Mount Newman Railway

February 27, 2013 by  

Mount Newman Railway, The Mount Newman railway, owned and operated by BHP Billiton, is a private rail network in the Pilbara region of Western Australia for the purpose of carrying iron ore. It is one of two railway lines the group operates in the Pilbara, the other being the Goldsworthy railway.

Additionally to the BHP Billiton network, there are also another two independent iron ore rail lines in the Pilbara. One is operated by the Rio Tinto Group, the Hamersley & Robe River railway, while the other, operated by the Fortescue Metals Group, is the Fortescue railway.

The Mount Newman railway runs for 426 kilometres, from Newman to Port Hedland and is one of Australia’s longest private railways. The line, alongside with its spur lines to Mount Whaleback, Orebodies 18, 23 and 25, Jimblebar, Yandi and Area C, services the iron ore mines at Newman. It has the longest and heaviest trains in the world. The railway line was officially opened on 22 January 1969 by Sir David Brand.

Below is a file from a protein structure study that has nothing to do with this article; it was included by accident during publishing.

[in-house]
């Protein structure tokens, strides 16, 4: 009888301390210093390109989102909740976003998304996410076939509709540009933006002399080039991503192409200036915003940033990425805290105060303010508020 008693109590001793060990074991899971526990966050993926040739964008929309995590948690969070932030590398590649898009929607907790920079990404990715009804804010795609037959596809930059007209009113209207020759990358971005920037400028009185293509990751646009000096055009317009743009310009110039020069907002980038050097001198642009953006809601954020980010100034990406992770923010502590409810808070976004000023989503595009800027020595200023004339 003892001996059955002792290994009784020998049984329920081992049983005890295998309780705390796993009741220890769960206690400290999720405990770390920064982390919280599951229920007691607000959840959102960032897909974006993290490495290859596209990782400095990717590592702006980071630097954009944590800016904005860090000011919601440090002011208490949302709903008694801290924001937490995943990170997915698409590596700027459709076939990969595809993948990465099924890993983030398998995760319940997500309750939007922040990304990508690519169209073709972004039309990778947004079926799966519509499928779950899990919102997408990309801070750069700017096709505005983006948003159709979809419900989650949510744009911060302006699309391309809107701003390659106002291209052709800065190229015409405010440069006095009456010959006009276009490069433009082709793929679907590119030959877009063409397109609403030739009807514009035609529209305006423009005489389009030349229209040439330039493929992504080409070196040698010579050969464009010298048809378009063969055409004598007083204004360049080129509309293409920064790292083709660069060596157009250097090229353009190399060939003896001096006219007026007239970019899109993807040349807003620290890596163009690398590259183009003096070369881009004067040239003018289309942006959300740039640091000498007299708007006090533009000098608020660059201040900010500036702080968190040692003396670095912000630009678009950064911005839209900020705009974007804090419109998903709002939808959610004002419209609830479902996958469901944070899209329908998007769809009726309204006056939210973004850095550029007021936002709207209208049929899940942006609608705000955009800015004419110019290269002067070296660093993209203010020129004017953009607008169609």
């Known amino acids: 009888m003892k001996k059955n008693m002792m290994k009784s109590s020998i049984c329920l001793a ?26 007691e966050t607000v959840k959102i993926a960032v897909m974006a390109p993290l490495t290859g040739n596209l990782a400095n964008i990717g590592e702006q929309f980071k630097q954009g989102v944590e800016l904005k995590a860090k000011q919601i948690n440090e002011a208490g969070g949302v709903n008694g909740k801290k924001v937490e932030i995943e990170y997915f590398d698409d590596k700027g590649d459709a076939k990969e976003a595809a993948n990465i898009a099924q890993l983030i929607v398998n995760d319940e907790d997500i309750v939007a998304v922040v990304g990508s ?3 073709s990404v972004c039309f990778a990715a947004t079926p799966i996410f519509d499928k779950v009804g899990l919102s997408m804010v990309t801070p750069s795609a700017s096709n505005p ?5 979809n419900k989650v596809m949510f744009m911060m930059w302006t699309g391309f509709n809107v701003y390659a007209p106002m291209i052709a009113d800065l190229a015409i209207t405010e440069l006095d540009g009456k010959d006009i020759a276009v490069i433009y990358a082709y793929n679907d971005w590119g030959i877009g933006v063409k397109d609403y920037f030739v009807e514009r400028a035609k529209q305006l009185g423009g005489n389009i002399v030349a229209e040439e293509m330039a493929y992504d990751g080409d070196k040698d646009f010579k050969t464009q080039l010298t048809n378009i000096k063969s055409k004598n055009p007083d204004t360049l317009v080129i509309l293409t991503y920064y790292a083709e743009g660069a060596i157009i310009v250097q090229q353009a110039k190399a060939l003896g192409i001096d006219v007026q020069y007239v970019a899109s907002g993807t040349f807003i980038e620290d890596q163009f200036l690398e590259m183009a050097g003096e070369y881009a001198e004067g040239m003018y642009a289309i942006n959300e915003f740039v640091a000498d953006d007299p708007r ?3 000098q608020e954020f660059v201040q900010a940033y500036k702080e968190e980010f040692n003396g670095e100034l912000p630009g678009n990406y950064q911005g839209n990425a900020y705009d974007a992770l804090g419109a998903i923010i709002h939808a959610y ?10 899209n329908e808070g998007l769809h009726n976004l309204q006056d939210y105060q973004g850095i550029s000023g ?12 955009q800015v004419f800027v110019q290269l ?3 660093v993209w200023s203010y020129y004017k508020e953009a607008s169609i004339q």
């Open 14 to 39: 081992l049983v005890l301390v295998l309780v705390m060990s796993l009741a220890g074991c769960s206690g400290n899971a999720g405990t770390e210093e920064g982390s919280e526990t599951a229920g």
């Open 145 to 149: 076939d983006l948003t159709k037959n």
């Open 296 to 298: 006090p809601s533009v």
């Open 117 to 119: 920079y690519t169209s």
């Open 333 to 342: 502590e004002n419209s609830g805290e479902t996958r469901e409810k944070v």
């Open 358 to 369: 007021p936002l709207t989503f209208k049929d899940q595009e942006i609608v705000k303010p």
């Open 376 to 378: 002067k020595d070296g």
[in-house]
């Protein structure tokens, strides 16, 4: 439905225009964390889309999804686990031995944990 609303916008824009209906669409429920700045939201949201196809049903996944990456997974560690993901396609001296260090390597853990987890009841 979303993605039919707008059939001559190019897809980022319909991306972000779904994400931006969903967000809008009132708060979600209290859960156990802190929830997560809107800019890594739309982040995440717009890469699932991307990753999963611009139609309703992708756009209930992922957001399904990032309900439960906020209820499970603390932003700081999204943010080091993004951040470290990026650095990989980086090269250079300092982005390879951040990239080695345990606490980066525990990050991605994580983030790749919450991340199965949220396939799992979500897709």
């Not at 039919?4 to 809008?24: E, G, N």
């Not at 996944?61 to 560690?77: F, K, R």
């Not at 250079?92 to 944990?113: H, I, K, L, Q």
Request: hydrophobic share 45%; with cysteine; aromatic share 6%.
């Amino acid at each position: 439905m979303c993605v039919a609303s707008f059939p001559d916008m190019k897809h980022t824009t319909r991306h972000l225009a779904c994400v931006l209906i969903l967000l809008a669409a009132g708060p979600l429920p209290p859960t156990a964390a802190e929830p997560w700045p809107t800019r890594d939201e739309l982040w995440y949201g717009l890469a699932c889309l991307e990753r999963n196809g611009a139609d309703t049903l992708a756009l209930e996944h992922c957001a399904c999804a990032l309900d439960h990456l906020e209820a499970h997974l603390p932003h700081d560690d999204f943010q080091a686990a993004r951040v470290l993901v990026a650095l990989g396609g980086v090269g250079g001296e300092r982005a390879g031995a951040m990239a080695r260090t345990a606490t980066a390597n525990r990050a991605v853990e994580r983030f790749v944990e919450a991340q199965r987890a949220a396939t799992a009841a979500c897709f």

The rail journey from Newman to Port Hedland typically takes about eight hours for the ore trains which are up to 3.75 kilometres long. Each rail car carries up to 126 tonnes of ore and trains consist of up to 208 cars, leading to the trains pulling 26,000 tonnes of ore.

Unlike the Rio Tinto rail system, which is operated from Perth,

On 21 June 2001, the line broke the world record for the heaviest train when a train weighing 99,734 tons and formed of 682 wagons ran for 275 kilometres between Yandi and Port Hedland on the Mount Newman line. The train was 7.3 kilometres long, carried 82,000 tons of iron ore and was pulled by eight locomotives.

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